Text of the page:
Warlord is skipped due to the fact that it only scales off of bonus AD. You won't get much bonus AD with this build even if you build offensively, so it ends up not being very helpful. It's also a completely worthless mastery early game.
Frenzy is skipped because you only get 10% crit chance once you get Zeal / Trinity Force. It's a very unreliable attack speed buff and only becomes relevant once you've completed several items with crit.
The season 4 jungle is quite a bit tougher than season 3's in terms of monster health and damage, so Greater Marks of Attack Speed is recommended to clear camps quickly. With the wight, wolves, wraiths and golems respawning every 50 seconds, you'll always have something to clear when you're not ganking.
Since Spirit Stone regenerates health and mana based on the damage you deal to monsters, Nocturne loses very little health on small camps. I toyed with a few setups and found that running one Greater Quintessence of Life Steal and two Greater Quintessences of Attack Damage is my favorite setup. 2% lifesteal allows you to keep pretty high health while clearing camps as long as you have Smite for the bigger buff camps.
Greater Seals of Armor are standard on junglers to mitigate monster damage while jungling and physical damage from champions and towers during ganks. Greater Glyphs of Scaling Magic Resist give you a lot of mid and late game MR to survive magical burst damage and AoE spells. They also free up your build a little so you don't have to spend too much on MR items.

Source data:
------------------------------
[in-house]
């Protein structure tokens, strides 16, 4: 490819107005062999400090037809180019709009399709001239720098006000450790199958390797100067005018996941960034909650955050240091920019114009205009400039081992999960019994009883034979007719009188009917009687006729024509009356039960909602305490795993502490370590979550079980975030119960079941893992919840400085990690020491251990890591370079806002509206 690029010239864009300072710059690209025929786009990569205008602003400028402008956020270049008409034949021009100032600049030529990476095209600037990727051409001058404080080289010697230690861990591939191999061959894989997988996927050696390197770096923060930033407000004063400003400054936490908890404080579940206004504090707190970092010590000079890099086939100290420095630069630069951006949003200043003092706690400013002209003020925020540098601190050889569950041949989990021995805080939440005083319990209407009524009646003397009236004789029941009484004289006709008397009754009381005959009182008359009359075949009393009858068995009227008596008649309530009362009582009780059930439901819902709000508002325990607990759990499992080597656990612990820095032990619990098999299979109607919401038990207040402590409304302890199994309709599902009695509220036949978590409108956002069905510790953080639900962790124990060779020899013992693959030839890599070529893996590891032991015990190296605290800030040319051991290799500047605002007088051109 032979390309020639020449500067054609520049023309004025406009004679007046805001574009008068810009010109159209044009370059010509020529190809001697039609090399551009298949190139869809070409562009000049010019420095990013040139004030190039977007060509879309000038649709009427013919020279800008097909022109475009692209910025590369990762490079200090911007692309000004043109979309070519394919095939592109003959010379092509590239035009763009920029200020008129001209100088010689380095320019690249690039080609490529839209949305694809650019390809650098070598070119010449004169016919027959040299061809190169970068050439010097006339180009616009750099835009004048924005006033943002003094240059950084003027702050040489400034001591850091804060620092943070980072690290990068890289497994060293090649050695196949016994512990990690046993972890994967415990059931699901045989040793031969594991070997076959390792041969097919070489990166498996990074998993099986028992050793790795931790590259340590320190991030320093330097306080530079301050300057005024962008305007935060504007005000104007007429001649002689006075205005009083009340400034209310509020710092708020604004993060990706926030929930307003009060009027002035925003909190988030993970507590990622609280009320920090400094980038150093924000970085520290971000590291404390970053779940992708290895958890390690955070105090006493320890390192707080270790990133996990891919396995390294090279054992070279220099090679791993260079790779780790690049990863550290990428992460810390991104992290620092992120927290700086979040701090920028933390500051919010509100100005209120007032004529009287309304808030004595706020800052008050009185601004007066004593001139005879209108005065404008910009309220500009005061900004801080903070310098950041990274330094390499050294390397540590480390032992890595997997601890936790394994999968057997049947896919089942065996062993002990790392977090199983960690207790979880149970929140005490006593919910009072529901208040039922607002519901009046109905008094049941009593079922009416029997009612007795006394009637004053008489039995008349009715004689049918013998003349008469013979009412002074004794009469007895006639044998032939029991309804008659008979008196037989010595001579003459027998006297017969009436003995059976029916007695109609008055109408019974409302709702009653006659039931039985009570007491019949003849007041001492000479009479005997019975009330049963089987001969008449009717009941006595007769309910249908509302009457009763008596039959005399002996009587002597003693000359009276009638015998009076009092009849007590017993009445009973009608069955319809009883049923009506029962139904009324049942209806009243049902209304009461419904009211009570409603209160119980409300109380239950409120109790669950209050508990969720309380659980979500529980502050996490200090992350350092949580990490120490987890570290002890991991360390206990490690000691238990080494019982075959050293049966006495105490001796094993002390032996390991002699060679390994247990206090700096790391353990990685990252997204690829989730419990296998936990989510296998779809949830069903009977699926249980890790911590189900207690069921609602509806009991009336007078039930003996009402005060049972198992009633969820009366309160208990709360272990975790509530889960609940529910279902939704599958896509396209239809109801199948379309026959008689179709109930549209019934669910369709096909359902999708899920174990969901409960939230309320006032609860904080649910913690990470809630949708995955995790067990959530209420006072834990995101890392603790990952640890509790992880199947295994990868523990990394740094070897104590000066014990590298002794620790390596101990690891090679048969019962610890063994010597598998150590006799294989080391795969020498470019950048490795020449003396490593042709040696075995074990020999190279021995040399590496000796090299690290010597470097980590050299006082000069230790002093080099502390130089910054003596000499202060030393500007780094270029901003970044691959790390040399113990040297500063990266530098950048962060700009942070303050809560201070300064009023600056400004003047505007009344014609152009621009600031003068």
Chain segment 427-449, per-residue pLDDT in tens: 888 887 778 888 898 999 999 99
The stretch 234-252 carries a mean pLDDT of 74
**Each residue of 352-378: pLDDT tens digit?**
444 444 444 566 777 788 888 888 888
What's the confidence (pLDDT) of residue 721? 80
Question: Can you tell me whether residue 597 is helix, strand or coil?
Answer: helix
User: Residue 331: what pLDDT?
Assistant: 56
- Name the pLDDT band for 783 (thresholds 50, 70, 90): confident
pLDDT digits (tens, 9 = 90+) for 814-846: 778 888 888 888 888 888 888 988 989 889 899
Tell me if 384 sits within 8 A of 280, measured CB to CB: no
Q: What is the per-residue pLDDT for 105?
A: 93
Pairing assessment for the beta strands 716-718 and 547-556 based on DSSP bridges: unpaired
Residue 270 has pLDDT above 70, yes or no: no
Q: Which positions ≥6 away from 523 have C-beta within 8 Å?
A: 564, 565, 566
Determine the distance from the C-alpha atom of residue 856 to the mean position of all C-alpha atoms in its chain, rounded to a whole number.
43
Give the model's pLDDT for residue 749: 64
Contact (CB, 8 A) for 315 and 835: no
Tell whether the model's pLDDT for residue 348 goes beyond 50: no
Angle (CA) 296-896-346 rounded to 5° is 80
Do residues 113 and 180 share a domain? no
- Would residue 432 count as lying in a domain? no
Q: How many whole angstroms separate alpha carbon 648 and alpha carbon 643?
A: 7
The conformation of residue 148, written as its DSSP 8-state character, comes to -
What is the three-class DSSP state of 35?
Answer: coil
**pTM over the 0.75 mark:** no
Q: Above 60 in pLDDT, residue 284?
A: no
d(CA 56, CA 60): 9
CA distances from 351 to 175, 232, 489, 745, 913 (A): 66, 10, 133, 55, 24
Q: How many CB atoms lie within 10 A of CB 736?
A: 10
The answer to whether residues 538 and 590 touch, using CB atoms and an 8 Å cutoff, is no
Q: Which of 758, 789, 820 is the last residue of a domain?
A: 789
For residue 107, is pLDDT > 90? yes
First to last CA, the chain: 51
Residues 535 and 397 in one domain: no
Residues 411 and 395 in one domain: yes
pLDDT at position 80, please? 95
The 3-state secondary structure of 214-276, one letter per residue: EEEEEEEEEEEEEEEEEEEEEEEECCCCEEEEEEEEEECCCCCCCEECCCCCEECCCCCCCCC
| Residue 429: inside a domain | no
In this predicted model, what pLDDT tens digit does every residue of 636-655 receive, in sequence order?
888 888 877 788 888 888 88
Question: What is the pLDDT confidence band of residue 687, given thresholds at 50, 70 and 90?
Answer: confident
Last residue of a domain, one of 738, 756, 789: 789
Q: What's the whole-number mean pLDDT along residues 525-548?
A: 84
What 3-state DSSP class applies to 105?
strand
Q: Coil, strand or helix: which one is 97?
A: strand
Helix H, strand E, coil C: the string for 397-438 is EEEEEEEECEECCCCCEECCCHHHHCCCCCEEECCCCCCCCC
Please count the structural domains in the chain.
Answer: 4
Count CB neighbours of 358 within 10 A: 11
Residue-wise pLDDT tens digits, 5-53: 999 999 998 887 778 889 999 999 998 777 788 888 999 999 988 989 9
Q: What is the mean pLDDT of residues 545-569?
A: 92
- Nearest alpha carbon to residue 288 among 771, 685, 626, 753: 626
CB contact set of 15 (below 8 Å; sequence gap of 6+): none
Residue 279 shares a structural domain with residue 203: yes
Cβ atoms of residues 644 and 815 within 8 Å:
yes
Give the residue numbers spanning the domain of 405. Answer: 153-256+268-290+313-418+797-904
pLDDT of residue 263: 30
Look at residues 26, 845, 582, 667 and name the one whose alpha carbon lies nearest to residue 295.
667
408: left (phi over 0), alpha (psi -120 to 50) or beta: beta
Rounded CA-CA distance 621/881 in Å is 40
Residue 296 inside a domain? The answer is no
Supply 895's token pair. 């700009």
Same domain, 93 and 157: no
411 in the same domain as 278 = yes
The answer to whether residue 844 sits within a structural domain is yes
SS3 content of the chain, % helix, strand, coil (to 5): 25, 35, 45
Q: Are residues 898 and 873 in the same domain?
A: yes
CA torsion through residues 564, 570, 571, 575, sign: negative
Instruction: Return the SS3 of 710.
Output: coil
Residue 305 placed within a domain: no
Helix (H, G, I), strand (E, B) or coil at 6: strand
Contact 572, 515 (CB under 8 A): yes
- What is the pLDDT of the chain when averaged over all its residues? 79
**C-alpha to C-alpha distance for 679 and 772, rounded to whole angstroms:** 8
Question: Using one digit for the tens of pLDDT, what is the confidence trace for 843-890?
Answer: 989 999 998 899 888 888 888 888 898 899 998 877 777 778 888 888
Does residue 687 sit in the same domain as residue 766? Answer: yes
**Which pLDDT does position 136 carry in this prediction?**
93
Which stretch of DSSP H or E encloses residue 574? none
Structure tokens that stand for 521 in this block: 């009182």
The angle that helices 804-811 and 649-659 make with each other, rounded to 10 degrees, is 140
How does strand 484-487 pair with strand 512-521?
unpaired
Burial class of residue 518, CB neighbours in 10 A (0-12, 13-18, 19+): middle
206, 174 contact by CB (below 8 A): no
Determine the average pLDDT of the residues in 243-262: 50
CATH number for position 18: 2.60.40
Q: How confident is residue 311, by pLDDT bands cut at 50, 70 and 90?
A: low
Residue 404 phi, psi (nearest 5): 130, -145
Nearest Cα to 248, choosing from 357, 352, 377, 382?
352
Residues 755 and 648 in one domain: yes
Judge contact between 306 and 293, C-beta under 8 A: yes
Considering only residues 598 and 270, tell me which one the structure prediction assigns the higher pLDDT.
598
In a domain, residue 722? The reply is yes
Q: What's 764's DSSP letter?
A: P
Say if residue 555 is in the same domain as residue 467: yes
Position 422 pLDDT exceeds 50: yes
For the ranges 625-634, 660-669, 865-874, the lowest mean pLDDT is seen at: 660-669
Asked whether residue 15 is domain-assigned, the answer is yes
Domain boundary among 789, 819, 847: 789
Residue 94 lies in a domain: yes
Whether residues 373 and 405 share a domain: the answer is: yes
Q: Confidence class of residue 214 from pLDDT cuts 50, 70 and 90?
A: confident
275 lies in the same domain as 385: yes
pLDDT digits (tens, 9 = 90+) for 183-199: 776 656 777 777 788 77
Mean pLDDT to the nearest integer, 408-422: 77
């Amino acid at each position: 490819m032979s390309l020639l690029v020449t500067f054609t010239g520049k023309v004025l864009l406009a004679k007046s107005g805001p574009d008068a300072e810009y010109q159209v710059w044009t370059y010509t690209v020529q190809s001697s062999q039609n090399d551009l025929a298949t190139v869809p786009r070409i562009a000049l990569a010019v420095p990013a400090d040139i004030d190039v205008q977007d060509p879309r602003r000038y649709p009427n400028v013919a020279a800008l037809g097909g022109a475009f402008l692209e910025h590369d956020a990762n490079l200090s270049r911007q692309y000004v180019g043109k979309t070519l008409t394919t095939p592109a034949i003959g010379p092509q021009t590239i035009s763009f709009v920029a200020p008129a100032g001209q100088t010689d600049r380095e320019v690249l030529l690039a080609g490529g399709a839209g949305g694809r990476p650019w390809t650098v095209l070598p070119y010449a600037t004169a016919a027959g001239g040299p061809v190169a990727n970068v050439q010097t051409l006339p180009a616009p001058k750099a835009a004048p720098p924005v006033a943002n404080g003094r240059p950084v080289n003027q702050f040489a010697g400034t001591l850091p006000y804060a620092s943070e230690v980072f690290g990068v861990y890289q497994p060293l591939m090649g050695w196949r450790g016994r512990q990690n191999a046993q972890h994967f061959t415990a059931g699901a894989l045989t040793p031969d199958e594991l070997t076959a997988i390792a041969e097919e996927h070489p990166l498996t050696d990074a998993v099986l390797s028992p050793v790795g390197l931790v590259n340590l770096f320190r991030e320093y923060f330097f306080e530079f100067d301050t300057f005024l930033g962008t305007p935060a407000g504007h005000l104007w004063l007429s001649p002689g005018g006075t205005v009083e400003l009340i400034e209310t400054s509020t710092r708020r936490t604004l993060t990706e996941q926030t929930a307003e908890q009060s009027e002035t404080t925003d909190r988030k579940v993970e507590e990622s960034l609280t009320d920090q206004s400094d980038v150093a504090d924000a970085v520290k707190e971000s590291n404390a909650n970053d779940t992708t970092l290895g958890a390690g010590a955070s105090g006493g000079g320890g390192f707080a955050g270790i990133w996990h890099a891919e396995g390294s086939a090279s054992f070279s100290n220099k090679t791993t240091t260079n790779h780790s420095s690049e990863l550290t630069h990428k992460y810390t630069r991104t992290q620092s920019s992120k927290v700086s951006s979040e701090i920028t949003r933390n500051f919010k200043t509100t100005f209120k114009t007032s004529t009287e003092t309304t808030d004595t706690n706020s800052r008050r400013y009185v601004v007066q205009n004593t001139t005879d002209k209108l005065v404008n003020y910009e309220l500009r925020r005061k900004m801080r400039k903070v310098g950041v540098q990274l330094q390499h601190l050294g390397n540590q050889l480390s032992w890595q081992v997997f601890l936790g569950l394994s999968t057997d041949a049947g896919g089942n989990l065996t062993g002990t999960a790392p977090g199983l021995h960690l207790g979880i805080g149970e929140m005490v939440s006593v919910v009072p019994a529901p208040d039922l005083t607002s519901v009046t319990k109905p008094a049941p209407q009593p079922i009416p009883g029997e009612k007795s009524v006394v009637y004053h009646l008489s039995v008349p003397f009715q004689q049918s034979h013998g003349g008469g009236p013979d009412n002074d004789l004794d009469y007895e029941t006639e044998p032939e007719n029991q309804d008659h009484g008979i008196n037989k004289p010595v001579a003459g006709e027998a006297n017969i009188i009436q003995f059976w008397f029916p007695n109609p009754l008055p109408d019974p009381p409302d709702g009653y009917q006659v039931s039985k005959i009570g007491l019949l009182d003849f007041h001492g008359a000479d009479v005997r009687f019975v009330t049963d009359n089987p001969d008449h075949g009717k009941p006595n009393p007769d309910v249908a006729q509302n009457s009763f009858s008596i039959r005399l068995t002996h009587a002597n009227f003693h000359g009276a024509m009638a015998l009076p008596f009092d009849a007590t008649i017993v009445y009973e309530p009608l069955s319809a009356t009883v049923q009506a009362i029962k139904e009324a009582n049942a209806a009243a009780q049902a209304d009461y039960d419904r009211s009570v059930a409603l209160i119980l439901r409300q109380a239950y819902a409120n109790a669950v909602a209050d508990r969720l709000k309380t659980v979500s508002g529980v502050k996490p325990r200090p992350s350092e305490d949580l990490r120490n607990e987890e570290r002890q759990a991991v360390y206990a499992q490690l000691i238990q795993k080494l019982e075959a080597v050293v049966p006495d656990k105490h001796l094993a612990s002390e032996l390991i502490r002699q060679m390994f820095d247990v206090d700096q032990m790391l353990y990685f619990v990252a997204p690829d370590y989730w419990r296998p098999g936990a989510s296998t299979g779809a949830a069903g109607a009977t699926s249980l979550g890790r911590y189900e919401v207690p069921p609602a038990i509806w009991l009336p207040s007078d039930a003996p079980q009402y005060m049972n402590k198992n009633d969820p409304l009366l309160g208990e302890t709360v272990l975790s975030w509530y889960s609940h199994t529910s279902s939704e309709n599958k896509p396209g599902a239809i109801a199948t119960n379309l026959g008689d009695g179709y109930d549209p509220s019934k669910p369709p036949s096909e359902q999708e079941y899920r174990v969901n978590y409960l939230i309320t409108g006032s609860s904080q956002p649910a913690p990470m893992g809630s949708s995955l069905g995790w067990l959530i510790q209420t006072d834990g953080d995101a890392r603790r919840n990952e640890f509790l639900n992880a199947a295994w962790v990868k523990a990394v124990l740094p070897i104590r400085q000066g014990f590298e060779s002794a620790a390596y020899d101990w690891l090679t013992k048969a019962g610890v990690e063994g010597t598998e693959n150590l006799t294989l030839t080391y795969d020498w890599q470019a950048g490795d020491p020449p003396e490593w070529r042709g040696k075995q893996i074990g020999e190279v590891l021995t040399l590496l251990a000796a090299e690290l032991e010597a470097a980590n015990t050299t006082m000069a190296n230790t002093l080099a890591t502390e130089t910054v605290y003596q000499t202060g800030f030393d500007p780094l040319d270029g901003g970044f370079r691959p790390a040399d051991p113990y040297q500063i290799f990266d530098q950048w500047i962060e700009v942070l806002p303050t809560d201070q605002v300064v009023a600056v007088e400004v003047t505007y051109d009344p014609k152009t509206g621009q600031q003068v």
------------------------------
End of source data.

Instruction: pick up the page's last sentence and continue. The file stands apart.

Alternative marks include Greater Mark of Attack Damage and Greater Mark of Armor Penetration, but I don't like using these quite as much because your jungle clear slows down and you lose a bit of sustain.
This spell is absolutely necessary on every single jungler. While performing a jungle route without Smite is certainly possible, it is invaluable for practicing and preventing counter-jungling. If you jungle without this spell, not only will your jungle be more difficult, but you can be easily counter-jungled by any competent enemy with Smite. You'll also lose all objective (baron and dragon) control for your team because the enemy jungler will have a 1000 true damage nuke that can be cast at range and you won't.
Flash works wonders on every champion (yes, even you LeBlanc) and Nocturne is no exception. Its multitude of uses in a variety of situations make it indispensable as a utility spell. You can use this spell for chasing, fleeing, initiating, ganking, juking, stealing buffs or dragon, and following another champion who uses Flash. Since Nocturne is a great diver, it helps to have an escape mechanism on hand in order to escape after you pick off a carry in a team fight. You might even net a few kills with it when following fleeing enemies who try to blink to safety. I personally favor this spell, mostly for escaping over walls and flashing into (or out of) baron or dragon pit to steal. I would always take this over Ghost because Nocturne has Duskbringer's speed boost, but no way to blink over walls or close gaps at will. Flash fills a weakness in his kit while Ghost is a redundancy.